U.S. President George Bush says North Korea must abide by terms of an international agreement aimed at ending its nuclear program. VOA White House Correspondent Scott Stearns reports, the White House is defending the deal reached Tuesday in Beijing.

President Bush telephoned Chinese President Hu Jintao Thursday to congratulate him on China's role in reaching the deal. White House officials say he told the Chinese leader that it is now up to North Korean leader Kim Jong Il to live up to its terms.

Pyongyang has agreed to shut down and seal its primary nuclear facilities within 60 days and allow inspectors to verify the process. In exchange, North Korea will receive 50,000 tons of heavy fuel oil from South Korea.

Once it discloses and verifiably abandons all of its nuclear programs, the deal says, North Korea will receive additional economic, humanitarian and energy assistance.

The agreement has been criticized by some of President Bush's political opponents for being no better than a deal that could have been struck four years ago, before North Korea tested a nuclear bomb.

It has also been criticized by some of the president's political supporters for being too accommodating to Pyongyang by easing financial pressures.

The politically conservative editorial page of The Wall Street Journal described the deal as "something close to faith-based nonproliferation."

White House Spokesman Tony Snow says that is not so.

"What we have done is put together an agreement that in fact is not faith-based," he said. "It is performance-based. And that is the most important thing to understand. The North Koreans don't get anything for free."

Snow says the White House and State Department are working to better explain the plan. Even within the administration.

One of the president's deputy national security advisers, Elliot Abrams, sent a series of e-mails questioning a provision that says the United States will begin the process of removing North Korea from a list of state sponsors of terrorism.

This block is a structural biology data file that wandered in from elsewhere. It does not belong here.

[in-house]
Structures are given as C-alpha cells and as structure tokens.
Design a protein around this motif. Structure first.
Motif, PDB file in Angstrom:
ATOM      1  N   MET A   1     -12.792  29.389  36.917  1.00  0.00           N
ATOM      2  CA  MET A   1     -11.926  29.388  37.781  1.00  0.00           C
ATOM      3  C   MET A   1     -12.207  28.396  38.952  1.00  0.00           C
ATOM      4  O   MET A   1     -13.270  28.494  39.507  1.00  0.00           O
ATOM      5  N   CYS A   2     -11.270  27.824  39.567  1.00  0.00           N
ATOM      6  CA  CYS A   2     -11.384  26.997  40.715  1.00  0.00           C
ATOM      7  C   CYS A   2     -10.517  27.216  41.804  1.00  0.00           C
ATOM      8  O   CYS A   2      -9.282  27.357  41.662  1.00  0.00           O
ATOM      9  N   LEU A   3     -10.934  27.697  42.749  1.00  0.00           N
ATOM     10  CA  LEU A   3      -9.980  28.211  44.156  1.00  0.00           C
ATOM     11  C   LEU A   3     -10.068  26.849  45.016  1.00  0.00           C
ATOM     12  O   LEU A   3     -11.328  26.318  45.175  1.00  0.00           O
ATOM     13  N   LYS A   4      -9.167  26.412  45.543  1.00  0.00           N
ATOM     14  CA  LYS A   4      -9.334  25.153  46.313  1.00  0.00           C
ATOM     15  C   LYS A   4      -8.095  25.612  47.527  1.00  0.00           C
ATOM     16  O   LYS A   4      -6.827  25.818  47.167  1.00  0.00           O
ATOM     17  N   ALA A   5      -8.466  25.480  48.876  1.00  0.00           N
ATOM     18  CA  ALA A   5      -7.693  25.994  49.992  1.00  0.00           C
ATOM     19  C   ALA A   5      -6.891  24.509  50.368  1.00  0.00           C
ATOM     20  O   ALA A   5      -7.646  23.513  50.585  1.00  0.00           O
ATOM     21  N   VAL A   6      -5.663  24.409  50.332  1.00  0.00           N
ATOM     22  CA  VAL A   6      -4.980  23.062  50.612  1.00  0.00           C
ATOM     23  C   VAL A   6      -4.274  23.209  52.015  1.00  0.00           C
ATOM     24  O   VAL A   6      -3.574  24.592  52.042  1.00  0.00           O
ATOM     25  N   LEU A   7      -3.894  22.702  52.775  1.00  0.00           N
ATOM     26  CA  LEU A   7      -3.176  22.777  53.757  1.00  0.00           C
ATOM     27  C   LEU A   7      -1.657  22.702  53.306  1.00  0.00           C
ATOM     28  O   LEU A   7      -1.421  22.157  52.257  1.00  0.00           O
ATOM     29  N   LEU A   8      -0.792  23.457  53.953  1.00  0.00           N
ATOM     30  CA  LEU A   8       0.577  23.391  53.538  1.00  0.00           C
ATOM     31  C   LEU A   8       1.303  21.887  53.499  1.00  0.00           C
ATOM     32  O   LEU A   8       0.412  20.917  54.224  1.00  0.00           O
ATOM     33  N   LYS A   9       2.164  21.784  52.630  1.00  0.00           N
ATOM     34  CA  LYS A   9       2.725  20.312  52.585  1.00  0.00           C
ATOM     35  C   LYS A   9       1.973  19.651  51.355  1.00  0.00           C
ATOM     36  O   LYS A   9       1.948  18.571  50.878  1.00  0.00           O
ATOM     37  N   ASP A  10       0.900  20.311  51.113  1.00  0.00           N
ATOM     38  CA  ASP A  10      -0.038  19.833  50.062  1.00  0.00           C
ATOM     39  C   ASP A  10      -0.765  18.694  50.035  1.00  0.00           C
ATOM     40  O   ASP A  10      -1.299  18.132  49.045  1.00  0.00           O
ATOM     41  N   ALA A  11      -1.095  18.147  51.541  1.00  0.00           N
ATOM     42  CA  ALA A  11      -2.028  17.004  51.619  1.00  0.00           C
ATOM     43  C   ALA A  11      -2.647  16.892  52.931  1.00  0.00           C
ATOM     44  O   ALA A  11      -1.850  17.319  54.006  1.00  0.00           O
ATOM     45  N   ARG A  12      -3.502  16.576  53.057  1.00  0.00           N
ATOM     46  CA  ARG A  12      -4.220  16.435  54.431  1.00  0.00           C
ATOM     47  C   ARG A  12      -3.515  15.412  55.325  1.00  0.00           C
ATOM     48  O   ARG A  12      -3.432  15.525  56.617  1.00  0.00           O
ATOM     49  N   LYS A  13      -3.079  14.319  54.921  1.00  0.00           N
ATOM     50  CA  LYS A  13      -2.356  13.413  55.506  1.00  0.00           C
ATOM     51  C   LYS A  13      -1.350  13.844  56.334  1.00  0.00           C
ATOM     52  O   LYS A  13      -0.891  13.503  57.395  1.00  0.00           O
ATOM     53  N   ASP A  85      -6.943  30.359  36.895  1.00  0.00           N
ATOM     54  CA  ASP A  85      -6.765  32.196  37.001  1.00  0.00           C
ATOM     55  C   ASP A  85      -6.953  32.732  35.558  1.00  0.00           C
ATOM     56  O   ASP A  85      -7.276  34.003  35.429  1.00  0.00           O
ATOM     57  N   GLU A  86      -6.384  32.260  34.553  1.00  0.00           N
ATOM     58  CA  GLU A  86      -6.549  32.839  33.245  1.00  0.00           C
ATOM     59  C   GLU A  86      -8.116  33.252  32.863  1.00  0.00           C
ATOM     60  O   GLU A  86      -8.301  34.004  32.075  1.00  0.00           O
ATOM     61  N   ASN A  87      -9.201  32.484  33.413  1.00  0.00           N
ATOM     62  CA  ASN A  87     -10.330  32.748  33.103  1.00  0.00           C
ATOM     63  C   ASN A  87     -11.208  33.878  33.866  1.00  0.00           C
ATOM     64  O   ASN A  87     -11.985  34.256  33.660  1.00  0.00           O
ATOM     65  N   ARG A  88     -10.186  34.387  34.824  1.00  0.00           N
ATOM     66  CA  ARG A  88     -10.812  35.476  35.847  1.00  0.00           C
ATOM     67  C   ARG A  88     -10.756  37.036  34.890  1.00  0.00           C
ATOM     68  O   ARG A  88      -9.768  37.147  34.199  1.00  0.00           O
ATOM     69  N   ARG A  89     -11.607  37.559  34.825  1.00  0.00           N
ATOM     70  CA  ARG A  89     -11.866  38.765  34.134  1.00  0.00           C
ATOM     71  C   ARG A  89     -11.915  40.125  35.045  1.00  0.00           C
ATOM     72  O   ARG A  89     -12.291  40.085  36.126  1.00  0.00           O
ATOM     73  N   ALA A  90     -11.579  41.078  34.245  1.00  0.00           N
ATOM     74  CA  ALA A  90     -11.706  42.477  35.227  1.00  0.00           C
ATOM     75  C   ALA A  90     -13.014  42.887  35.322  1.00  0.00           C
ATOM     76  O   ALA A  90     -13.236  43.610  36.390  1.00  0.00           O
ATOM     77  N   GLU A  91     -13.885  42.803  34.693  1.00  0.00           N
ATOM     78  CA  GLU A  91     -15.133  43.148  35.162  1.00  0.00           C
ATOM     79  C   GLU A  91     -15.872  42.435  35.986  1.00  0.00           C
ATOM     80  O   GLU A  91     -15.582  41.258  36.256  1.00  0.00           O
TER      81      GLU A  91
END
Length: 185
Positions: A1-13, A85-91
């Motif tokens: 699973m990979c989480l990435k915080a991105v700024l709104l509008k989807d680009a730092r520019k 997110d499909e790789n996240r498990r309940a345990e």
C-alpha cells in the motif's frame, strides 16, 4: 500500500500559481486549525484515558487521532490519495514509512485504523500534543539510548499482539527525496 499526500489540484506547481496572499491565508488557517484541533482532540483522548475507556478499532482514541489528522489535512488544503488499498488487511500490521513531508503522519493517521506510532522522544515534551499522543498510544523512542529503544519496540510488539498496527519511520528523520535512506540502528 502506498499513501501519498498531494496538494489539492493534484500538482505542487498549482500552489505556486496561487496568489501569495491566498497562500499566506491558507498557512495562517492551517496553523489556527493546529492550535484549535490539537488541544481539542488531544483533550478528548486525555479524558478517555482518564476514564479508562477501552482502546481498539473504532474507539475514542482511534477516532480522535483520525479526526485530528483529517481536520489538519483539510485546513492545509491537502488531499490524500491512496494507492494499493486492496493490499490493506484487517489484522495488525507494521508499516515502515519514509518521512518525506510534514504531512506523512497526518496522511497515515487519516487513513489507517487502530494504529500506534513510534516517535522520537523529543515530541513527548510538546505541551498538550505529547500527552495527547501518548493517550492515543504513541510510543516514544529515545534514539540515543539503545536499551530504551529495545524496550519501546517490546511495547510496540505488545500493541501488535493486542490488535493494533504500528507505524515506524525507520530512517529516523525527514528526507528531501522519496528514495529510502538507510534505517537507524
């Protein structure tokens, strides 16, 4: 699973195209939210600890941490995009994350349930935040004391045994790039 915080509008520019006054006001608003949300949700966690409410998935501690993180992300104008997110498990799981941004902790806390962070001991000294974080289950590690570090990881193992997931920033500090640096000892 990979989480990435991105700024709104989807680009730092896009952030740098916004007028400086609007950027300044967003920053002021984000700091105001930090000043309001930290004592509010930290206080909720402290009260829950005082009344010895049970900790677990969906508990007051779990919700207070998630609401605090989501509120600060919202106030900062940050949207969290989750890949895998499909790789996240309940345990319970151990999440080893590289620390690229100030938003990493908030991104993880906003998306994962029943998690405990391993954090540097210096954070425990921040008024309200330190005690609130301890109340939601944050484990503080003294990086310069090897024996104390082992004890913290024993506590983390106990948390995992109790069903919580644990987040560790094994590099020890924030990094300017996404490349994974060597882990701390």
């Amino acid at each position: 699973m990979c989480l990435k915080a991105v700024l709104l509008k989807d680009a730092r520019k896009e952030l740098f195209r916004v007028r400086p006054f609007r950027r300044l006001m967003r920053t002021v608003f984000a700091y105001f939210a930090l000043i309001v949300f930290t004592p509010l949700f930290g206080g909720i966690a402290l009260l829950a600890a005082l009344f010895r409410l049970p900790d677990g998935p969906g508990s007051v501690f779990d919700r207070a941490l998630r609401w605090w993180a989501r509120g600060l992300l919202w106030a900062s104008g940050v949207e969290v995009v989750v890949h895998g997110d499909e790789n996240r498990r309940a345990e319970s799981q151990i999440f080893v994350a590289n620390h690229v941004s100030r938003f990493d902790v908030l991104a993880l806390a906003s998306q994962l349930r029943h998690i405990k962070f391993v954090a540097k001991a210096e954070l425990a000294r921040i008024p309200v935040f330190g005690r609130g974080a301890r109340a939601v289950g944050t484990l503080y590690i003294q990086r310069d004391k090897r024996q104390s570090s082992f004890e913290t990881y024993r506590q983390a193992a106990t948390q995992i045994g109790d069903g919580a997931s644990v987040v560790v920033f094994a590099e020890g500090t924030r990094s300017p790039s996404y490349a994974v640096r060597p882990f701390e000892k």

Snow says Abrams' concerns have been satisfied.

"He had the same concerns that many people have had, which is, 'Is this a political deal? Are you trying to offer a political deal to the North Koreans, saying that, 'if you come to the table, all is forgiven, we will de-list you?'' And the answer is no," he said.

The president's former U.N. ambassador, John Bolton, says it is a bad, disappointing deal that contradicts fundamental premises of Washington's previous approach to North Korea.

President Bush Wednesday told White House reporters that he strongly disagrees with Bolton. Those who believe it is not a good deal, Mr. Bush says, are flat wrong.

"This is a phased approach that will enable all of us to say to our respective populations: 'We are watching carefully, and there is an opportunity for the North Koreans to prove that this program can work,'" he said.

The deal is backed by a U.N. Security Council resolution that retains economic sanctions. In his phone call with President Hu, White House officials say, President Bush emphasized the need to fully implement that resolution, which was imposed after North Korea's nuclear test in October.